UCC is meant to replace currently applicable various laws applicable to various respective communities which are inconsistent with each other. These laws include the Hindu Marriage Act, Hindu Succession Act, Indian Christian Marriages Act, Indian Divorce Act, Parsi Marriage and Divorce Act. Meanwhile certain ones like Sharia (Islamic laws) are not codified and solely based upon their religious scriptures.[1]

The proposals in UCC include monogamy, equal rights for son and daughter over inheritance of paternal property and gender & religion neutral laws in regards of will charity, divinity, guardianship and sharing of custody. The laws may not result into much difference to the status of Hindu society as they have already been applicable on Hindus through Hindu code bills for decades.[27]

Points of view[edit]

The debate for a uniform civil code, with its diverse implications and concerning secularism in the country, is one of the most controversial issues in twenty-first century Indian politics.[28] The major problems for implementing it are the country's diversity and religious laws, which not only differ sect-wise, but also by community, caste and region. Women's rights groups have said that this issue is only based on their rights and security, irrespective of its politicisation.[28] The arguments for it are: its mention in Article 44 of the Constitution, need for strengthening the unity and integrity of the country, rejection of different laws for different communities, importance for gender equality and reforming the archaic personal laws of Muslims—which allow unilateral divorce and polygamy. India is, thus, among the nations that legally apply the Sharia law. According to Qutub Kidwai, the Muslim Personal laws are "Anglo-Mohammadan" rather than solely Islamic.[28] The Hindu nationalists view this issue in concept of their law, which they say, is secular and equal to both sexes.[28] In the country, demanding a uniform civil code can be seen negatively by religious authorities and secular sections of society because of identity politics.[28] The Sangh Parivar and the Bharatiya Janata Party (BJP)—one of the two major political parties in India, had taken up this issue to gain Hindu support.[28] The BJP was the first party in the country to promise it if elected into power.[28]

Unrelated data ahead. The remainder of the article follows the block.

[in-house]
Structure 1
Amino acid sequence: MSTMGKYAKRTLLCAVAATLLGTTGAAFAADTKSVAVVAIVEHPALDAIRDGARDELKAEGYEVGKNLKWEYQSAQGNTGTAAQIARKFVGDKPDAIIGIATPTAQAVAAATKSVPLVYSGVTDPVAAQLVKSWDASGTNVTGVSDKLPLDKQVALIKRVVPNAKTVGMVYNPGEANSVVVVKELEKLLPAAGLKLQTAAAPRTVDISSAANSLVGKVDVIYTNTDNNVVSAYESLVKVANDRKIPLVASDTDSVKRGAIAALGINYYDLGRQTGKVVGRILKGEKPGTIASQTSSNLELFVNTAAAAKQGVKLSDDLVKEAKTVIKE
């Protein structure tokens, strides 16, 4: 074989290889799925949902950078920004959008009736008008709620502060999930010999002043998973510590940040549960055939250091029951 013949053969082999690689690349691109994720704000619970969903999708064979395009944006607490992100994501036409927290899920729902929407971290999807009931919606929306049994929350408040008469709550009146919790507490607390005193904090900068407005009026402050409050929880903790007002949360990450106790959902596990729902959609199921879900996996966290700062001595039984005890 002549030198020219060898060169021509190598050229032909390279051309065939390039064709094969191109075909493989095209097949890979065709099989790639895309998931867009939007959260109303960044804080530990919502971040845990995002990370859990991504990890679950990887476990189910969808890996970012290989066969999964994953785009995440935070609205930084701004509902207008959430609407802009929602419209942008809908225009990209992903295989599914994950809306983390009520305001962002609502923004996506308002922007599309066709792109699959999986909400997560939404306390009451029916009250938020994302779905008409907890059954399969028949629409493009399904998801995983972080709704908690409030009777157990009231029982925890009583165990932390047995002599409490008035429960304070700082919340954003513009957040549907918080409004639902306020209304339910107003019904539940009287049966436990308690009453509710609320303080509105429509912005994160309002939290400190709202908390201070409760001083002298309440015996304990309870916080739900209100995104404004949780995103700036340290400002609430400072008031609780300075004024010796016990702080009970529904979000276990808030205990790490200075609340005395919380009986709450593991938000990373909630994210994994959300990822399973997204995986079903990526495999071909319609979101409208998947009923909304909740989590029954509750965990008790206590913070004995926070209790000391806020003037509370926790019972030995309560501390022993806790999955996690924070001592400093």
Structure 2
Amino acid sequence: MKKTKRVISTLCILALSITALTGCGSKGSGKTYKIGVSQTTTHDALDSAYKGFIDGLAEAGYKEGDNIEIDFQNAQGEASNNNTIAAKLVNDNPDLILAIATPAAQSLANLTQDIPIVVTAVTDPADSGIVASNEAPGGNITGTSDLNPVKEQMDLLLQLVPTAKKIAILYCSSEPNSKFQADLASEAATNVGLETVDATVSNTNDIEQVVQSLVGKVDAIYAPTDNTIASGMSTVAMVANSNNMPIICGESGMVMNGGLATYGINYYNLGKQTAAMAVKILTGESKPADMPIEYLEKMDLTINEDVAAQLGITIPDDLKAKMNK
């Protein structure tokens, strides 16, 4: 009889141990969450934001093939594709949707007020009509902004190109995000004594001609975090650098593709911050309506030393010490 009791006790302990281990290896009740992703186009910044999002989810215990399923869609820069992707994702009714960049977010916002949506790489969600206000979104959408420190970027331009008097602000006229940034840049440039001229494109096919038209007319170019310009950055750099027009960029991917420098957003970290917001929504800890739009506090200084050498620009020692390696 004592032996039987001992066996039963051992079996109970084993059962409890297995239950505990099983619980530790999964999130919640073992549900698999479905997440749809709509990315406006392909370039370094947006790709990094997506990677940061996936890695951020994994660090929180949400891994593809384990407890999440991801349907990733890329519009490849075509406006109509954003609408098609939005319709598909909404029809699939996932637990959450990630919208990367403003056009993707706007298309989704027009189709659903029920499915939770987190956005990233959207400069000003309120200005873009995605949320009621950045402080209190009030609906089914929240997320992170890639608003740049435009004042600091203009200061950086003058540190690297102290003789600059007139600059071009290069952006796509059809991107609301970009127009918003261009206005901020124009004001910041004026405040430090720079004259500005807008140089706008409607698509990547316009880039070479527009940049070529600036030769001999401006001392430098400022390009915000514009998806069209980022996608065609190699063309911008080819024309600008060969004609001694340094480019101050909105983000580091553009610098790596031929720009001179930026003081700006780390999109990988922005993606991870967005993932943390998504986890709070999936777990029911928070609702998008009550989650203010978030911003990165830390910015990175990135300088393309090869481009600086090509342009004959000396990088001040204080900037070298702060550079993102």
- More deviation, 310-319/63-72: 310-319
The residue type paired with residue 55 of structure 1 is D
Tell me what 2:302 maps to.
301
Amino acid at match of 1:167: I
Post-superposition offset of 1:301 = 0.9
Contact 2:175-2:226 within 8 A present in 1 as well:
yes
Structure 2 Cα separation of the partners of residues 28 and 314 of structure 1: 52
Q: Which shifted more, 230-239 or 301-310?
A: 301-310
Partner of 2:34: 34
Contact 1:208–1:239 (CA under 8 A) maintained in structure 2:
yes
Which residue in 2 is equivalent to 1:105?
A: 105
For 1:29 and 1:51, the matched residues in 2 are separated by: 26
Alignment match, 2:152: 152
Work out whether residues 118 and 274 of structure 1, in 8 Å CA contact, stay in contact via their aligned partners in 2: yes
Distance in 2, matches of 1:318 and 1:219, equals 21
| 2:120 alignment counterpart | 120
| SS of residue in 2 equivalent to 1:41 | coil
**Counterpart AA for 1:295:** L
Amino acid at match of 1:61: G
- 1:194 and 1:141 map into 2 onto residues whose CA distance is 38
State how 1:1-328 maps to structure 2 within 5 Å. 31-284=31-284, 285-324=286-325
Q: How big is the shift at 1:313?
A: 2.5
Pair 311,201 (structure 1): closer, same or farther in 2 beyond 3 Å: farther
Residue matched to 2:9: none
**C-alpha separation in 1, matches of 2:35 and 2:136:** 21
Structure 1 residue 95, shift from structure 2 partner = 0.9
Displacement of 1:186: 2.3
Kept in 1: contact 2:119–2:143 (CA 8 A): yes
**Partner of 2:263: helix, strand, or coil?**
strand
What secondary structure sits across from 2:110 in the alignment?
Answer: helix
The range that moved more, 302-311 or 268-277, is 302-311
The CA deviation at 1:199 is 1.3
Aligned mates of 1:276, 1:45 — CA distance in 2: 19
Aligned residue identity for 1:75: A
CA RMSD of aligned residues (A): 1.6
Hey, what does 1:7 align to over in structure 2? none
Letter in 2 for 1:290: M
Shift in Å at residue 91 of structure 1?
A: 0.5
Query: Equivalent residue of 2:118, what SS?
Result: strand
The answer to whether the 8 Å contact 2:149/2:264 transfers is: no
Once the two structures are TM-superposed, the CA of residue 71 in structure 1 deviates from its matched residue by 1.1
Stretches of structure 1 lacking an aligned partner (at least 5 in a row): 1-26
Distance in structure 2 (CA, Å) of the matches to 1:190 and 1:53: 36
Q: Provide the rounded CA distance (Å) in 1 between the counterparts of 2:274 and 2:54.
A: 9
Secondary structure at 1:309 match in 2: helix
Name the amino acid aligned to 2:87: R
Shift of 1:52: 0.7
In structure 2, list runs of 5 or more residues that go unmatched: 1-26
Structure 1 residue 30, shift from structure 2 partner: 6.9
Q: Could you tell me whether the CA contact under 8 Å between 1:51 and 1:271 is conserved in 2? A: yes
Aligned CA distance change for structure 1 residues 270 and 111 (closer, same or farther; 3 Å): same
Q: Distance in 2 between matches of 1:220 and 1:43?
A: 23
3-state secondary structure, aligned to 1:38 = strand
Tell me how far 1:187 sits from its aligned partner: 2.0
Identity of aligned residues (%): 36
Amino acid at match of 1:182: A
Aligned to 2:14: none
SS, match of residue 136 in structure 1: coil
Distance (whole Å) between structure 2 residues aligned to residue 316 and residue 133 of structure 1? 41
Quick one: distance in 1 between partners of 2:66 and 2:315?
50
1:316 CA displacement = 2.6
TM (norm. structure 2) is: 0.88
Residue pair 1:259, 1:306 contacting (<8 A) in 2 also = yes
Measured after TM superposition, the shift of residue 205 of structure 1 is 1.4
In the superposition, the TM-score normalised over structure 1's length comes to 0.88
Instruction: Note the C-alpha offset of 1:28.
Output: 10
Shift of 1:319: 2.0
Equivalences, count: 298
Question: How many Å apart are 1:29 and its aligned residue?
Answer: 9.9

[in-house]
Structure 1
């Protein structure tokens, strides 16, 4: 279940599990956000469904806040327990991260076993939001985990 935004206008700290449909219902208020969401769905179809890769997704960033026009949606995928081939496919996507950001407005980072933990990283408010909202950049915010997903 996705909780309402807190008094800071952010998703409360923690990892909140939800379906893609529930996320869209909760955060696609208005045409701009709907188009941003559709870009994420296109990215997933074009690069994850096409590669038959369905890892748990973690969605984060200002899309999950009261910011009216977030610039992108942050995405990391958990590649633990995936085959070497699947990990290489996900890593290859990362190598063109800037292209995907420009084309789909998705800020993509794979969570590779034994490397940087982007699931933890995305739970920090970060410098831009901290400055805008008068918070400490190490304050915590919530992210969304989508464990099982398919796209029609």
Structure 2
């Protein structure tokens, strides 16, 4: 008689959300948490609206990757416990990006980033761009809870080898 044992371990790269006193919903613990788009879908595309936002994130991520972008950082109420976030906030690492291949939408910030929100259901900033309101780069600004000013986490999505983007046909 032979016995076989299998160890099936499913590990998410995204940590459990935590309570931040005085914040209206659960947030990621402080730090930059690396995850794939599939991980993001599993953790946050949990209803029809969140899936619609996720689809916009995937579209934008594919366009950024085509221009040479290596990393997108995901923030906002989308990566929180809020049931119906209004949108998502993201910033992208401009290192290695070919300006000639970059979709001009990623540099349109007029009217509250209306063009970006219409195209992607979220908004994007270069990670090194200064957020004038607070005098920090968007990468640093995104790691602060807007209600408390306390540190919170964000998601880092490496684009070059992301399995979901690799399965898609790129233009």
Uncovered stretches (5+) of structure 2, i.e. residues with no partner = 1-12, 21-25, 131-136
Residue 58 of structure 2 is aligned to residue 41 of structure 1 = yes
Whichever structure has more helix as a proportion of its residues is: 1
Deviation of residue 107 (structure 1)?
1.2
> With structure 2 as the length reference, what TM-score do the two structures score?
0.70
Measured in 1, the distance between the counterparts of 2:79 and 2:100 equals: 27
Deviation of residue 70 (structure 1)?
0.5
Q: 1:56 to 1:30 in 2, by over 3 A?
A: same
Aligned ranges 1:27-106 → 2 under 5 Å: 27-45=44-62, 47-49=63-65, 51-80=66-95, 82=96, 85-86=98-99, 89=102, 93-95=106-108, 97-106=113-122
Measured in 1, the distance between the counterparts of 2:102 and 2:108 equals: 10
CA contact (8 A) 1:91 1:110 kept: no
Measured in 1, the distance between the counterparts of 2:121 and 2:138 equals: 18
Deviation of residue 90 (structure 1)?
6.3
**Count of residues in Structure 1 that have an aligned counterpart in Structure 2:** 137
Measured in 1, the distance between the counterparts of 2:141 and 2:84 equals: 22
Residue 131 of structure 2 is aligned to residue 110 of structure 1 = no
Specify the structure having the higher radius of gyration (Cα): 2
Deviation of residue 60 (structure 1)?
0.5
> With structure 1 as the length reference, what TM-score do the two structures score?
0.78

Goa is the only state in India which has a uniform civil code. The Goa Family Law, is the set of civil laws, originally the Portuguese Civil Code, continued to be implemented after its annexation in 1961.[29] Sikhs and Buddhists objected to the wording of Article 25 which terms them as Hindus with personal laws being applied to them.[30] However, the same article also guarantees the right of members of the Sikh faith to bear a Kirpan.[31]

In October 2015, Supreme Court of India asserted the need of a Uniform Civil Code and said that, "This cannot be accepted, otherwise every religion will say it has a right to decide various issues as a matter of its personal law. We don’t agree with this at all. It has to be done through a decree of a court".[32] On 30 November 2016, British Indian intellectual Tufail Ahmad unveiled a 12-point document draft of it, citing no effort by the government since 1950. The Law Commission of India stated on August 31, 2018 that a Uniform Civil Code (UCC) is "neither necessary nor desirable at this stage" in a 185-page consultation paper, adding that secularism cannot contradict plurality prevalent in the country.[33][34]

Indian society in pre-independence era had many other consideration like socio-coeconomic status, Jati and gotra etc. in case of marriages. While the Hindu code bills wiped out all such practices in Hindu, Jains, Sikh, Buddhist, Parsi, Christian communities, some conservative section of these society had been demanding amendments to their Marriage Acts. [35] Critics of UCC continue to oppose it as a threat to religious freedom. They consider abolition of religious laws to be against secularism and UCC as a means for BJP to target Muslims while look progressive at the same time meanwhile BJP continues to promote UCC as means of achieving religious equality and equal rights for women by fending off religious laws.[36][37]

Legal status and prospects[edit]

UCC had been included in BJP's manifesto for 1998 and 2019 elections and was even proposed for introduction in parliament for first time in November 2019 by Narayan Lal Panchariya. Amid protests by other MPs, the bill although soon was withdrawn for making certain amendments.[38][37] The bill was brought for second time by Kirodi Lal Meena in March 2020 but was not introduced again.[39] As per reports emerged in 2020, the bill is being contemplated in BJP due to differences with RSS.[5][40]